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Locke Lord’s London office has been instructed by the joint administrators for video rental company Blockbuster, which went into administration today (11 November).
Restructuring partner David Grant is leading the work for joint administrators Simon Thomas and Nick O’Reilly of Moorfields Corporate Recovery, who were appointed just under a fortnight after Blockbuster’s owners, TS Operations, announced it was filing a notice of intention to appoint an administrator.
Locke Lord partners Graham Spitz and Ayesha Hasan are also involved.
It is the second time Blockbuster has gone into administration this year. In January Deloitte partners Lee Manning, Matthew Smith and Neville Kahn were appointed as joint administrators, advised by CMS Cameron McKenna (16 January 2013).
The company was then acquired by private equity house Gordon Brothers, which owns TS Operations. HowardKennedyFSI partner Paul Glassberg led the firm’s team acting for Gordon Brothers (25 March 2013), and the firm continued to advise Blockbuster until the latest administration.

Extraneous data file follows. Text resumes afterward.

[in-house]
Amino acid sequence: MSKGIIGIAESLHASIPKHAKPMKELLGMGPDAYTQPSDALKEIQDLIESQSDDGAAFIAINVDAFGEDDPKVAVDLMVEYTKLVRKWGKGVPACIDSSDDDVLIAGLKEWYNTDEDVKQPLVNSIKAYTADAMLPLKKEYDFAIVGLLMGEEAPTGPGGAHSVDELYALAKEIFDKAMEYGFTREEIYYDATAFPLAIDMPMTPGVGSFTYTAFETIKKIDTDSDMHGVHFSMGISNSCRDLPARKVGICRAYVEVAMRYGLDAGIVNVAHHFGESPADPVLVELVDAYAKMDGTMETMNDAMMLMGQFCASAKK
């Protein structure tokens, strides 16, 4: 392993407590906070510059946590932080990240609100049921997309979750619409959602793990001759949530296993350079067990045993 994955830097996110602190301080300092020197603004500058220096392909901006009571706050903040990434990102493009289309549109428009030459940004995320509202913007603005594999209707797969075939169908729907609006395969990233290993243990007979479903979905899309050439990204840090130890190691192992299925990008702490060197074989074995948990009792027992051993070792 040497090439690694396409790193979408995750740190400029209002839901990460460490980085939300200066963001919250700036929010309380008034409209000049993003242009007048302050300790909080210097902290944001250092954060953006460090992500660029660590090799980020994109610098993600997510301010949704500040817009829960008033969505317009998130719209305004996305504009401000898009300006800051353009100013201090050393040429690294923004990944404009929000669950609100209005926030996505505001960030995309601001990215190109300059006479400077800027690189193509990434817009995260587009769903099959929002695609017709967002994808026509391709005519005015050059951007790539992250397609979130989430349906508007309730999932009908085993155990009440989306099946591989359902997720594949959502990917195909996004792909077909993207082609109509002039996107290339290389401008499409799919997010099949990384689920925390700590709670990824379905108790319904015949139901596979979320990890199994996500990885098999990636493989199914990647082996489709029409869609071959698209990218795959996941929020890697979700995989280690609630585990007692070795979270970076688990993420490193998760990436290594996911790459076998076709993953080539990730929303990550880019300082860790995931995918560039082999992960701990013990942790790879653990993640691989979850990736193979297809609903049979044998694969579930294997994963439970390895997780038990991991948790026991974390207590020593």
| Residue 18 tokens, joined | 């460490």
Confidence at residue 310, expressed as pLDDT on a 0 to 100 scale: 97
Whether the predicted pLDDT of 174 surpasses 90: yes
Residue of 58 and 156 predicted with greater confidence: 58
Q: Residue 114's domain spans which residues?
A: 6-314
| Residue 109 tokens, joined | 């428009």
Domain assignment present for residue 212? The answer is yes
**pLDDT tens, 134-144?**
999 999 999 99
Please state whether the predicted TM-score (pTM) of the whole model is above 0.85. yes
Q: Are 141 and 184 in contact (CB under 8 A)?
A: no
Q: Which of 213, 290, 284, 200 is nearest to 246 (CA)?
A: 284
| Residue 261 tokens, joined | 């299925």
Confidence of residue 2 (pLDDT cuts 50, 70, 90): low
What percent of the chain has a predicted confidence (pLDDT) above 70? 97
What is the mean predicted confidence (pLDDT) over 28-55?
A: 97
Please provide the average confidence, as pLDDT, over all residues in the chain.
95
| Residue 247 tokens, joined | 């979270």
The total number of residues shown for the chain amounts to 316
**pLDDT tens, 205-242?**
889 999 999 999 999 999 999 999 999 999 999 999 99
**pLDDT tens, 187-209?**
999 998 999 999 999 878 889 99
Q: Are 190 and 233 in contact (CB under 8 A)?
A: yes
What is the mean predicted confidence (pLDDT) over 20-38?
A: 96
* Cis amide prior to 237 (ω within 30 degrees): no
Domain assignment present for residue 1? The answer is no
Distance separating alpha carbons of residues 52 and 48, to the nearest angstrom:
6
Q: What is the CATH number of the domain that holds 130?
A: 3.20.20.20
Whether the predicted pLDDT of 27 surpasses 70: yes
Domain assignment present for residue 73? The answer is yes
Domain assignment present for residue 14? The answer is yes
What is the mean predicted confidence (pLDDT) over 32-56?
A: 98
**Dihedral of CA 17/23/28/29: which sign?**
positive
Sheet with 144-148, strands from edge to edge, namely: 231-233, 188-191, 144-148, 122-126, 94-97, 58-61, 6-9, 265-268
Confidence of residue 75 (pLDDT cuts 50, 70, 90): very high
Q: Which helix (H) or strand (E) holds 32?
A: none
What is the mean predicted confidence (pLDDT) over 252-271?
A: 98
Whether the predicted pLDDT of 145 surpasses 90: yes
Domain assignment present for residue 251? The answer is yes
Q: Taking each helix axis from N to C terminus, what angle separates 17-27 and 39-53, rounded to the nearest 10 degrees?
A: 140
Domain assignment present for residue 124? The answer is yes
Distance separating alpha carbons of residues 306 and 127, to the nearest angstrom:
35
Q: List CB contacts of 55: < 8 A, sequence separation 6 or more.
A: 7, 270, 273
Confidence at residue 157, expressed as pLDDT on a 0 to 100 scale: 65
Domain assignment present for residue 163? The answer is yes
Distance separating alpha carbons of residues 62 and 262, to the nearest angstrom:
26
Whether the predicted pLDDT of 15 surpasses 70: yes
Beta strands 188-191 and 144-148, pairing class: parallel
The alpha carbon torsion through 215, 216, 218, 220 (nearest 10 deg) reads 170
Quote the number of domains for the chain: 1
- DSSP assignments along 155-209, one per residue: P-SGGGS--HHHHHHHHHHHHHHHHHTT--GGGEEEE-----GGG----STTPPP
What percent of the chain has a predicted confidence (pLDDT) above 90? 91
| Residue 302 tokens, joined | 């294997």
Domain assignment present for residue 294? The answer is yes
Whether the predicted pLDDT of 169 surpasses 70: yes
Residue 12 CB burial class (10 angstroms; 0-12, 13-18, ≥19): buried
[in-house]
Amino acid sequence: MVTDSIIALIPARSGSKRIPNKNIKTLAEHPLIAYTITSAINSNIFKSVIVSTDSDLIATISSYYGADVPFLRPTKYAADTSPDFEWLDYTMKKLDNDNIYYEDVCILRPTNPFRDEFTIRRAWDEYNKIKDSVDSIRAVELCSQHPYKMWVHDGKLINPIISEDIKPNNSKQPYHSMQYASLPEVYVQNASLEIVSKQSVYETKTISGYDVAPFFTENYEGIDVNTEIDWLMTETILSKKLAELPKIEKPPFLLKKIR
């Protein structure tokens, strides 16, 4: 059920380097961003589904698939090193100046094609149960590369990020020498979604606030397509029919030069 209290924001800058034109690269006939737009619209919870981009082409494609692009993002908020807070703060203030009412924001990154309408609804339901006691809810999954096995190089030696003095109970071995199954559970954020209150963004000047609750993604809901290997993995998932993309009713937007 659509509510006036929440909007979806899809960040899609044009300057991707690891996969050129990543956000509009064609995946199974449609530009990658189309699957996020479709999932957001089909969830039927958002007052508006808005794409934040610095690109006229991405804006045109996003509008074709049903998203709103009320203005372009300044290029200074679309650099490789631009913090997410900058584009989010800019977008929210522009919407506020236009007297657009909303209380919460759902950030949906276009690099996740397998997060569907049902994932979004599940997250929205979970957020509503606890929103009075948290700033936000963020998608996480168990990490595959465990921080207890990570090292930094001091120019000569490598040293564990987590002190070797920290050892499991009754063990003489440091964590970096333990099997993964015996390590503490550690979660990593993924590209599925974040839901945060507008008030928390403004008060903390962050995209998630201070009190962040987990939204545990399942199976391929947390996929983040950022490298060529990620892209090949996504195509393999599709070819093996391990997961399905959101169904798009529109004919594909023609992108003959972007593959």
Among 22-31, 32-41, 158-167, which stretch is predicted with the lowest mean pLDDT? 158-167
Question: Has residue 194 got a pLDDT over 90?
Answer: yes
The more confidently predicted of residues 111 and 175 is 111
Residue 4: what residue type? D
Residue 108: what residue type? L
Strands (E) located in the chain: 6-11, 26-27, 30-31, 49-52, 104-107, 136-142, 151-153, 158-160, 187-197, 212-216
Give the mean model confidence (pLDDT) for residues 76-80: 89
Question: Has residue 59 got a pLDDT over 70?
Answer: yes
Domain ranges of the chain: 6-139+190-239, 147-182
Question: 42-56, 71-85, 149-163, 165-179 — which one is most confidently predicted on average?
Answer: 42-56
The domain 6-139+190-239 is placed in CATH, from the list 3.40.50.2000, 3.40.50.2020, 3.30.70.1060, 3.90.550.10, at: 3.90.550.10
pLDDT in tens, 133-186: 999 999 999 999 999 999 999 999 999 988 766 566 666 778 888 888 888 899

In a statement released on 29 October, Gordon Brothers said it had “striven to turn around the historically loss-making company by restructuring the business, investing significantly in strategic marketing activities and negotiating with the landlords of its retail outlets. The company also tried to develop a new digital platform but was unable to broker a licensing deal with Blockbuster UK’s parent company in the US. Regrettably, the months since the acquisition have also coincided with a period of poor trading performance across both rental and retail sales”.
It added that the administration would lead to the loss of 32 jobs at Blockbuster’s head office, but stores would trade normally.
The administrators today said they encouraged customers to continue renting and buying videos and games from Blockbuster as normal. Thomas said: “We are pleased to say that there are parties who are interested in parts of the business. Our focus will be to secure a future for as much of the business as possible as well as trying to save jobs before Christmas.”